|Citizens groups in Wood County Wisconsin and |
surrounding region oppose CAFOs and
aerial liquid manure spraying.
Photo by Martha Karris of
Rome and Saratoga-Friendly
in Wisconsin (Facebook).
The report by Lawder—following a series of pieces appearing in the Milwaukee Journal-Sentinel (D’Amato) and Wisconsin State Journal (Moe) touting Keiser's recruiting of famed golf course architects to design numerous courses at the planned golf resort in the Golden Sands region in central Wisconsin at the bottom of an ancient glacial lake—has in the writer's nut graf (or why-readers-care graf) cited above an important word: "If."
No one wants Keiser to fail to achieve his dream that may make Wisconsin one of the top summer golf destinations in the world, the Journal-Sentinel's D'Amato notes.
But there is one rapacious and pathological entity that doesn't care about Mike Keiser's dream, Wisconsin's environment, or the health of Wisconsin families: The Concentrated Agricultural Feeding Operation (CAFO) inflicted by the Wysocki Family of Companies [specifically the Golden Sands Dairy, LLC and Ellis Industries Saratoga, LLC created by Wysocki in 2012 to avoid zoning rules] onto innocent families. I'll come back to that.
Writes the State Journal's Moe, citing D'Amato's breaking the story in 2013: "A Chicago businessman (Keiser) who turned the tiny coastal town of Bandon, Ore., into one of the world’s premier golf destinations is planning to build a similar multi-course resort on sand dunes that formed the bottom of a prehistoric lake in what is now Adams County."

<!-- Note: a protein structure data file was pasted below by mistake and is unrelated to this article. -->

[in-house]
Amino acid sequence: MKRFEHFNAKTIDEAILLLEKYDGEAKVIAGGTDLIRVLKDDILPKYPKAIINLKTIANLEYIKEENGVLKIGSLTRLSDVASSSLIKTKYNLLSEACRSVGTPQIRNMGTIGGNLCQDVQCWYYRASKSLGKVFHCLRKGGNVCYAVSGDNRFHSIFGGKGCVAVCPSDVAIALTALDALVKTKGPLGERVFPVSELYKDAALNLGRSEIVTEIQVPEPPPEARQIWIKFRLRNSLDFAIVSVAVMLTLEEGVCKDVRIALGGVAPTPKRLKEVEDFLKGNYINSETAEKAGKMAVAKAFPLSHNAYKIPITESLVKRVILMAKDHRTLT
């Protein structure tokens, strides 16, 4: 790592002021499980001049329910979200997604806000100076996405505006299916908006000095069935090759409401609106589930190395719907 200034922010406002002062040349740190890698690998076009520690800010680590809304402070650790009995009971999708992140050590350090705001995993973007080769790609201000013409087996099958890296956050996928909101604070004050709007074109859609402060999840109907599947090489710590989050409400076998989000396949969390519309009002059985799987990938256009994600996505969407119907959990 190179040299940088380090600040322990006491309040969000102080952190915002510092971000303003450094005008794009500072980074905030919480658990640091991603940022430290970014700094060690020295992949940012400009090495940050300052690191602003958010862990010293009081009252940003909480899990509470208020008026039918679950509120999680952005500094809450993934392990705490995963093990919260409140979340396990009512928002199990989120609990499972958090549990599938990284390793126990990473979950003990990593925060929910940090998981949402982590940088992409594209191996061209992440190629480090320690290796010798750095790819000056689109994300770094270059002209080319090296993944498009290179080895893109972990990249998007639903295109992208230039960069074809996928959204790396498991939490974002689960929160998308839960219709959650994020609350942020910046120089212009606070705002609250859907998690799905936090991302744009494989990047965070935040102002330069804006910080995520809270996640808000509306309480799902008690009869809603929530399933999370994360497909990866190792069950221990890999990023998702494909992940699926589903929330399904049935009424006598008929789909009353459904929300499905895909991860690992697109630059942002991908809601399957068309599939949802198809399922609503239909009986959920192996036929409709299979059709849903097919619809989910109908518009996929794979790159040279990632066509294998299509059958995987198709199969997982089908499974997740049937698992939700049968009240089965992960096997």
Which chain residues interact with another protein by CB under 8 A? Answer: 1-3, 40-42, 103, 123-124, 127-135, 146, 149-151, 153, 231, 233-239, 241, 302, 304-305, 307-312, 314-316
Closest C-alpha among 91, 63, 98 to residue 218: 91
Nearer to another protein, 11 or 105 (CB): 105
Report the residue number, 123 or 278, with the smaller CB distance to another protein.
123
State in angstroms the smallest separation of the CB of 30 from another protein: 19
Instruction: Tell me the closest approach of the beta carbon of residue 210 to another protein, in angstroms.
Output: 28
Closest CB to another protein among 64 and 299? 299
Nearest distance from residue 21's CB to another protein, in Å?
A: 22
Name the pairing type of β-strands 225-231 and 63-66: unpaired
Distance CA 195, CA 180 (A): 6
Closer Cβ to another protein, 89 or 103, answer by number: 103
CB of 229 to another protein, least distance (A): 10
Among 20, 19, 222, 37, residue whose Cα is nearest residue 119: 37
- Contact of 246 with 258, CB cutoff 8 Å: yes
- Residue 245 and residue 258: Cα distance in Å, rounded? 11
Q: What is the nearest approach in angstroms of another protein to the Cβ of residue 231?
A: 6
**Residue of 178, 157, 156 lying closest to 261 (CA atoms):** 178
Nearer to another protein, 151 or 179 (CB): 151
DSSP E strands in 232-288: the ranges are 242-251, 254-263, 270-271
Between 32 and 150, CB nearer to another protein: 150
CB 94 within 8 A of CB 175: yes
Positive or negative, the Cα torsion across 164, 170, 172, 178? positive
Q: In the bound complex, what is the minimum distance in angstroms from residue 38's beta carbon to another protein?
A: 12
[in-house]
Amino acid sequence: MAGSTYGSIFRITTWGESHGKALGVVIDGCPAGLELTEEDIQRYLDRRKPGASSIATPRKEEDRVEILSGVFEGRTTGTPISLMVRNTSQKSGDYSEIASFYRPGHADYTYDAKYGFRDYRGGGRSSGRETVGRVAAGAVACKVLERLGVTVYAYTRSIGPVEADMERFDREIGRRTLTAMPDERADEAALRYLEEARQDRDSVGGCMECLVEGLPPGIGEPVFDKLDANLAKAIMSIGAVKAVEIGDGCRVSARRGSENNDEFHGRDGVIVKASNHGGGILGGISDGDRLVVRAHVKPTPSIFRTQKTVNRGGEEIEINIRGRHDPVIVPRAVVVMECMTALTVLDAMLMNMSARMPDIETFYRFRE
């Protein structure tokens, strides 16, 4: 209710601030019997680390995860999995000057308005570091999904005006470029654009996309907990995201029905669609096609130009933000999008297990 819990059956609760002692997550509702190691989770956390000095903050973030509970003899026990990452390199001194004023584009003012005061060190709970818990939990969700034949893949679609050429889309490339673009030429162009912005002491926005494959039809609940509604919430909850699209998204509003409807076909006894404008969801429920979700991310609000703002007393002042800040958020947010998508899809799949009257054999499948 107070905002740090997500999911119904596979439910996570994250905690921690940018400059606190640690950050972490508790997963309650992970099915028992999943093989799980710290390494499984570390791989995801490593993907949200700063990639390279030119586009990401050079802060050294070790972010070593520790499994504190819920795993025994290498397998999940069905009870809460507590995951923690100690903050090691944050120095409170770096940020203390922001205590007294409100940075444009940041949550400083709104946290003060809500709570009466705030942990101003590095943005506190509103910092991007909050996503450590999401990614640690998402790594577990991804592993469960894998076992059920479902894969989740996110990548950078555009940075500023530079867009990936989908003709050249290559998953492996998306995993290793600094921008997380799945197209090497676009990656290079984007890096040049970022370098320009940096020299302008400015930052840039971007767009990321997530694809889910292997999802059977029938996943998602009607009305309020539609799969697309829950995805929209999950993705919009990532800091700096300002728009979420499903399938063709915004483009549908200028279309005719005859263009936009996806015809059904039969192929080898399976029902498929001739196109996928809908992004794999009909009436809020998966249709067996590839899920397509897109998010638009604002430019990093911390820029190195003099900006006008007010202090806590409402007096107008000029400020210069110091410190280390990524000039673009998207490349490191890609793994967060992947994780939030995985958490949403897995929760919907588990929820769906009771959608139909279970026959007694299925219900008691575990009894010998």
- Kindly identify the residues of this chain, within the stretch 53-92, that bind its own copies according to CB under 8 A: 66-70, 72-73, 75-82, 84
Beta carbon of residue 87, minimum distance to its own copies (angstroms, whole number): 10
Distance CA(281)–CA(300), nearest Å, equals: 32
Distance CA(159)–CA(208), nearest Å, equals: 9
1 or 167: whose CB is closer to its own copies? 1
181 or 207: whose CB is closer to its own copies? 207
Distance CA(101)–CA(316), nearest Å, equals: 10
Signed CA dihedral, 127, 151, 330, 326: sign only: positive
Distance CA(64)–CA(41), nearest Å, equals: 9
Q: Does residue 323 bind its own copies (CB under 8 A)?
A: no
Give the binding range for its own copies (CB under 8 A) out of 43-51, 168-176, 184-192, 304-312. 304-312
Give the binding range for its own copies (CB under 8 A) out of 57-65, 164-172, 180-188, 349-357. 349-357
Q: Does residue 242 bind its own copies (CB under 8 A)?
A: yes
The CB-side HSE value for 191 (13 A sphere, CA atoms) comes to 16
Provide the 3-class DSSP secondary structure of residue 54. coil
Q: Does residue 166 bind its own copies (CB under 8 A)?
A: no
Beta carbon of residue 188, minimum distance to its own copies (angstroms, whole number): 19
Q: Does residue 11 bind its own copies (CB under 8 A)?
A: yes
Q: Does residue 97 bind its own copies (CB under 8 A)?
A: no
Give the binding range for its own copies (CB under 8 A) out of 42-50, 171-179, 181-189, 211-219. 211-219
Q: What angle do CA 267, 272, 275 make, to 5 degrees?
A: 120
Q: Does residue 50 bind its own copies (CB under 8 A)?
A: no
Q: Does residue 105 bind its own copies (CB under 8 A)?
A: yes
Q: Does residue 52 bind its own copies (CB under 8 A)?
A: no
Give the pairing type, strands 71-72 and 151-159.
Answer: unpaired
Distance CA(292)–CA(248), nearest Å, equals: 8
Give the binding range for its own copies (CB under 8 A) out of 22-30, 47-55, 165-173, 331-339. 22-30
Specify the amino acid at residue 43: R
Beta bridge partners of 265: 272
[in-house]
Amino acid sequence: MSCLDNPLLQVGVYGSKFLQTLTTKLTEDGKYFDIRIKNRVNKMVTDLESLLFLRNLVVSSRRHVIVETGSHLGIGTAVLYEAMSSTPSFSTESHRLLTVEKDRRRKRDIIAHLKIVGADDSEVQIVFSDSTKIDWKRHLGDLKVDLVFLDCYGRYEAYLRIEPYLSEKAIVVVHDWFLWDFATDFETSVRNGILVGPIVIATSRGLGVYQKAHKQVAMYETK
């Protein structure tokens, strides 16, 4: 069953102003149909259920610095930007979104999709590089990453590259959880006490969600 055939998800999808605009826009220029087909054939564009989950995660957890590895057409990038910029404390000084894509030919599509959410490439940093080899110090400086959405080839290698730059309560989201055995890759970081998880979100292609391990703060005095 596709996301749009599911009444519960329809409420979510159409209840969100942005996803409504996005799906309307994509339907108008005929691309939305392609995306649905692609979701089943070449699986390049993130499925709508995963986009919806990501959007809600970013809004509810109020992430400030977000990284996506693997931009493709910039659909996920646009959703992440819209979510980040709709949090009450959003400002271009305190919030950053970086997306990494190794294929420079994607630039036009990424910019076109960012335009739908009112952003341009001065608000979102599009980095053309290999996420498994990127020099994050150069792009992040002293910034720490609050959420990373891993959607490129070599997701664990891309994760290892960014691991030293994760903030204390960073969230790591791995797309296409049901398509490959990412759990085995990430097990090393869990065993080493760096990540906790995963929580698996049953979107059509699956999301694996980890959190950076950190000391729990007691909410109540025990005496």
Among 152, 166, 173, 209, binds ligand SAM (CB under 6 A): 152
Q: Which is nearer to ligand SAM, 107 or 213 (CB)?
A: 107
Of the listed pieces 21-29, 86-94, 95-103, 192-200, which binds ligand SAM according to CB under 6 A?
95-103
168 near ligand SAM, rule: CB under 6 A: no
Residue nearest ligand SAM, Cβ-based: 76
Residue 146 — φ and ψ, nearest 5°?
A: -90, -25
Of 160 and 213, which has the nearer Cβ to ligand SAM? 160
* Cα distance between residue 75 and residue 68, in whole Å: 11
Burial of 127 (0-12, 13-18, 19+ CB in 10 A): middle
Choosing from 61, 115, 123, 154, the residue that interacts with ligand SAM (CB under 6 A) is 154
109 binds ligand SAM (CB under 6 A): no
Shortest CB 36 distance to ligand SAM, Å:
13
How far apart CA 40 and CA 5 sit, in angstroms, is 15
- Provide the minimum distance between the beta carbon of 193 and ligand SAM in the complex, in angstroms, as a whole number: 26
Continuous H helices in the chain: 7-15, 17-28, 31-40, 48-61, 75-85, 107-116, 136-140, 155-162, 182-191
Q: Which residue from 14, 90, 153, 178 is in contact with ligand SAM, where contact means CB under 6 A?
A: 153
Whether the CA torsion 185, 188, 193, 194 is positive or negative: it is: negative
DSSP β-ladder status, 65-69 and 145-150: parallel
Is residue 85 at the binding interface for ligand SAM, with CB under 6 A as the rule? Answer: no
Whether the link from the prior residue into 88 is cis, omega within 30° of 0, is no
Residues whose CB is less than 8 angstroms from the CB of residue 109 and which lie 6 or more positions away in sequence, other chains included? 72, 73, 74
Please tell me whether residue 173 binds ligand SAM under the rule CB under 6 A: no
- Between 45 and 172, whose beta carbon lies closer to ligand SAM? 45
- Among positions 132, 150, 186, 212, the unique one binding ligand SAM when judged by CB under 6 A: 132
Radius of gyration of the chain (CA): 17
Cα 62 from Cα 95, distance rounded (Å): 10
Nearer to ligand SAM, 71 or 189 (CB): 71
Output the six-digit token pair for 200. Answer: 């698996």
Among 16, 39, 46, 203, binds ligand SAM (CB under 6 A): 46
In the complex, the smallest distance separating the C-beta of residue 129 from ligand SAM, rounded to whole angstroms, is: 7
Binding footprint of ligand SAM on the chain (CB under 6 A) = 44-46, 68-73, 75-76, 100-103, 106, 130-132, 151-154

Onto the one skunk making an appearance in the Sand Valley resort dream.
Make that one disgusting waste product from 1,000s of cows, some 150 pathogens, and the corporate neighbor from hell: The Wysocki Factory CAFO Farms (which act like the Koch Brothers) of Central Wisconsin.
In 2012, Wysocki quietly formed two LLCs to avoid coming zoning changes, and subsequently sued the Town of Saratoga in Wood County when the Town refused to grant new building permits. The case is still open.
"Between 2003 and the end of 2010, Wisconsin will have permitted 200 mega-dairies to open or expand but has never turned down a permit application or revoked a permit, even after repeated environmental violations," notes the Food and Water Watch organization. Clearly, this situation was not helped by Scott Walker's transformation of the Department of Natural Resources into a do-anything that helps potential Walker campaign contributors approach to protecting natural resources.
Siting a CAFO in the central Wisconsin sands area is in a word: Crazy.
The central sands are the worst place outside of downtown Milwaukee to site a CAFO because of the soil-sand susceptibility. "According to the Wisconsin Soil Survey provided by the United States Department of Agriculture Natural Resources Conservation Service, our soil properties are identified as Plainfield Sand, by soils scientists. "The Plainfield series consists of deep, excessively drained, sandy soils on outwash plains. Available water capacity is low to very low, and permeability is rapid."
For a region that hypes its recreational value for tourists, a massive CAFO is without question destructive.
"I can't imagine what this would be like for the new Trapshooting complex [Wisconsin Trapshooting Association] that happens to be working for national accreditation. These folks are right next to the proposed CAFO (site)," said Rhonda Cain-Carrell of the Town of Saratoga, Wisconsin. "And another of my concerns is that Mike Keiser is working to build a world-class golf resort, people would fly in to the Wisconsin Rapids airport and basically drive through the epicenter of this proposed CAFO where liquid manure-spreading irrigation and a 50-million gallon manure lagoon are right next to the highway. How would that look, and smell? Then, you consider the pathogens that are going into the environment. ... And make sure you write 'proposed' CAFO, because this Golden Sands operation isn't going to happen."